In 1991, Saddam Hussein's regime killed thousands and destroyed entire cities with the help of the Baath Party during an uprising in southern and northern Iraq.
Meanwhile, governorates such as Anbar, Salahuddin and Ninevah — the former social and administrative backbones of the party — have the right to be more lenient, so long as they adhere to the law.
This decentralized approach is likely to raise criticisms. In the opinion of some, it could open the door to social division. Moreover, decentralizing the issue does not prevent ex-Baathists from taking advantage of these lax measures and grouping together to carry out a coup.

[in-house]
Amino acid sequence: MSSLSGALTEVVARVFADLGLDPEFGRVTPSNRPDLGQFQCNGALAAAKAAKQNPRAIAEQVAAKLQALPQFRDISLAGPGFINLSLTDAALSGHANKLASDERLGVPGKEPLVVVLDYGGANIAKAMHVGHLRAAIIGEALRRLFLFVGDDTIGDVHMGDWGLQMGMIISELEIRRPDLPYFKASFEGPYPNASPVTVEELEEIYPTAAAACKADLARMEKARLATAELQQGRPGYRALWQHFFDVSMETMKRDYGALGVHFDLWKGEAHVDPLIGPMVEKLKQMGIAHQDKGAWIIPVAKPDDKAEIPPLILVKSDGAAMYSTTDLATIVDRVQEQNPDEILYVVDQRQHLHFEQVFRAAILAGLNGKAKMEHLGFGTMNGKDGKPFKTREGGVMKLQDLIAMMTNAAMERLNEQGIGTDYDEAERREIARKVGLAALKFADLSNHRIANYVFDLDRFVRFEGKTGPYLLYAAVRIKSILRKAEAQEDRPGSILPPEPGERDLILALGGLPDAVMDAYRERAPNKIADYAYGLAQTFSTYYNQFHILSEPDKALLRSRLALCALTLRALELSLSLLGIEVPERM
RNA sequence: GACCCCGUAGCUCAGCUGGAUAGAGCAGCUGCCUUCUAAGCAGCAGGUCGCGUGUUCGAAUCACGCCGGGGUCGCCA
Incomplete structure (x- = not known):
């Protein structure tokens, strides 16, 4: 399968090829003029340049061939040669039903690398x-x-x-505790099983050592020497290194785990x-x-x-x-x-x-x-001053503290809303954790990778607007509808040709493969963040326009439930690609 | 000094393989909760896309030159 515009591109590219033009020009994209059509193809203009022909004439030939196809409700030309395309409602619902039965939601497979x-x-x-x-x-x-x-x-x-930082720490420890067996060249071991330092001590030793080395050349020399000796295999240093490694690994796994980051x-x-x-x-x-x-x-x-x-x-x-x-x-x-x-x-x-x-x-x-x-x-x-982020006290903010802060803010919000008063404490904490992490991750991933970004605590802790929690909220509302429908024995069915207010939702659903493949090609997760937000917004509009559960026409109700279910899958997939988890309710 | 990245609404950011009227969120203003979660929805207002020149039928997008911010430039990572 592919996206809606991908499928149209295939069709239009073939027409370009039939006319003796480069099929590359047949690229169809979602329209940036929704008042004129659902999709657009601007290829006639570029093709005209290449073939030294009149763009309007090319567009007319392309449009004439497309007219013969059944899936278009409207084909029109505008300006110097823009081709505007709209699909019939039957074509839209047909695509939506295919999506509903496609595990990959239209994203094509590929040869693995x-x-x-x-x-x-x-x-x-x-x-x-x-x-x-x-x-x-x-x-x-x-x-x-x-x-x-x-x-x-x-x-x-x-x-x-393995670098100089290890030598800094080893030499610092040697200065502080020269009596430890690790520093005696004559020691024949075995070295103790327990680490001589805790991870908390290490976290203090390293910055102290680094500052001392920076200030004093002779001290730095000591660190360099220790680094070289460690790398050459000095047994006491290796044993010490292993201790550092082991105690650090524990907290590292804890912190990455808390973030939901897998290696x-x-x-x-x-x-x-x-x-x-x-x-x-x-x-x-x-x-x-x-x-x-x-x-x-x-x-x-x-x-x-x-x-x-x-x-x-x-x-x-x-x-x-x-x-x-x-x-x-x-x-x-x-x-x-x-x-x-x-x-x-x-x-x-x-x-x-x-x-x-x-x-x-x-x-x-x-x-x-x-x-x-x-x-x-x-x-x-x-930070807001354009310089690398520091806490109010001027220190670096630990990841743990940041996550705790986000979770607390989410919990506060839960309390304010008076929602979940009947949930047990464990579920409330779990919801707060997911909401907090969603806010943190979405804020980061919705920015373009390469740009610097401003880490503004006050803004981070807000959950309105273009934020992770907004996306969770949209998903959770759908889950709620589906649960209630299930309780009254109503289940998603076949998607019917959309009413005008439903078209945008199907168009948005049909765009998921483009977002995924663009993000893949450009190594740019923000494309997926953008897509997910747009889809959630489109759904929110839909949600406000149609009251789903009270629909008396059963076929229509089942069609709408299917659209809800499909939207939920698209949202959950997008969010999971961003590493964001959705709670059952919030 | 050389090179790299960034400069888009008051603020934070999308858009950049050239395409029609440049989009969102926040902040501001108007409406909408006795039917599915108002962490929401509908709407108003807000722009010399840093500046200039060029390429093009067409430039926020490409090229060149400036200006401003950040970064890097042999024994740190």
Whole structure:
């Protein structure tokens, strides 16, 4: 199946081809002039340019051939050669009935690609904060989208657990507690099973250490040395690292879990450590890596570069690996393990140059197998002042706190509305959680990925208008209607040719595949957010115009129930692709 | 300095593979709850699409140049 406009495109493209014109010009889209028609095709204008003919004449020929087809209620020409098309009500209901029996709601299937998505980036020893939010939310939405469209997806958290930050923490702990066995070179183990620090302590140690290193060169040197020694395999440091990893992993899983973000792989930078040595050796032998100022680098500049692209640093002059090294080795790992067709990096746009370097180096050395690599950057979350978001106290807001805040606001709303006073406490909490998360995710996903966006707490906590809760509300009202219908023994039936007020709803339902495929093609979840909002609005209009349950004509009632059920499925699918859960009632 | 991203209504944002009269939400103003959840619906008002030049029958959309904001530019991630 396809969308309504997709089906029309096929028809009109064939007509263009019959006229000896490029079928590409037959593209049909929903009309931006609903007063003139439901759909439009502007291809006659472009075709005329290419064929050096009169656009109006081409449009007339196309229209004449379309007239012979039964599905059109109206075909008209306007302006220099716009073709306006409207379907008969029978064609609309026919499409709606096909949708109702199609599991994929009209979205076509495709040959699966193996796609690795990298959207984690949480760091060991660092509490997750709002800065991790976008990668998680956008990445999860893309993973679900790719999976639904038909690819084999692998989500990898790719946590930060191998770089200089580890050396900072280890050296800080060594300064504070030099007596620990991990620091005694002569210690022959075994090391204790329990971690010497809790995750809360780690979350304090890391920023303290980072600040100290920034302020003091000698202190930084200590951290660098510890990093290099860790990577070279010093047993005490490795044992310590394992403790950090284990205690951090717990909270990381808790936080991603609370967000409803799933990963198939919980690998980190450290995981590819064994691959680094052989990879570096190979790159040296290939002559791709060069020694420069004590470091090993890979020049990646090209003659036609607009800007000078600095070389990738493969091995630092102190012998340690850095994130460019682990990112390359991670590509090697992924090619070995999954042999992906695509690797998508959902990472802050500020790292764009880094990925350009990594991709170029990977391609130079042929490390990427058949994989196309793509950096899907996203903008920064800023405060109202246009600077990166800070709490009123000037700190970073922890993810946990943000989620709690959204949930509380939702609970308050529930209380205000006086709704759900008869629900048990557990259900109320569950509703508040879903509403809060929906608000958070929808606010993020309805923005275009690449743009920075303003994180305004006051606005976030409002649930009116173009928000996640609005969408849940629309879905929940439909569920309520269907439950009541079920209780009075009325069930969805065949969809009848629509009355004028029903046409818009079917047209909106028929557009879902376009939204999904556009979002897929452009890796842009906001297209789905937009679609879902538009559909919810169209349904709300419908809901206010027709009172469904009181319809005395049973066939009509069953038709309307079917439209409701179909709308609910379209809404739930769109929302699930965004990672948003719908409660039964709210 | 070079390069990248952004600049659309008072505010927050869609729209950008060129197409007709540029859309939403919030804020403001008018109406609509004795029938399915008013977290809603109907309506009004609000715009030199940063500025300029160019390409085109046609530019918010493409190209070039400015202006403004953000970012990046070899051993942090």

All scenarios are plausible. Many Iraqis believe that Baathists, instead of being contained, have been pushed toward extremism. Iraqis view the previous mistakes made on the ex-Baathist file as producing the current destabilized social structure and leading to terrorist control over Iraqi territories.
The de-Baathification process requires exceptional political efforts and new concise procedures that hold Baathist criminals accountable and integrate the innocents into the state.
(Court image via Shutterstock)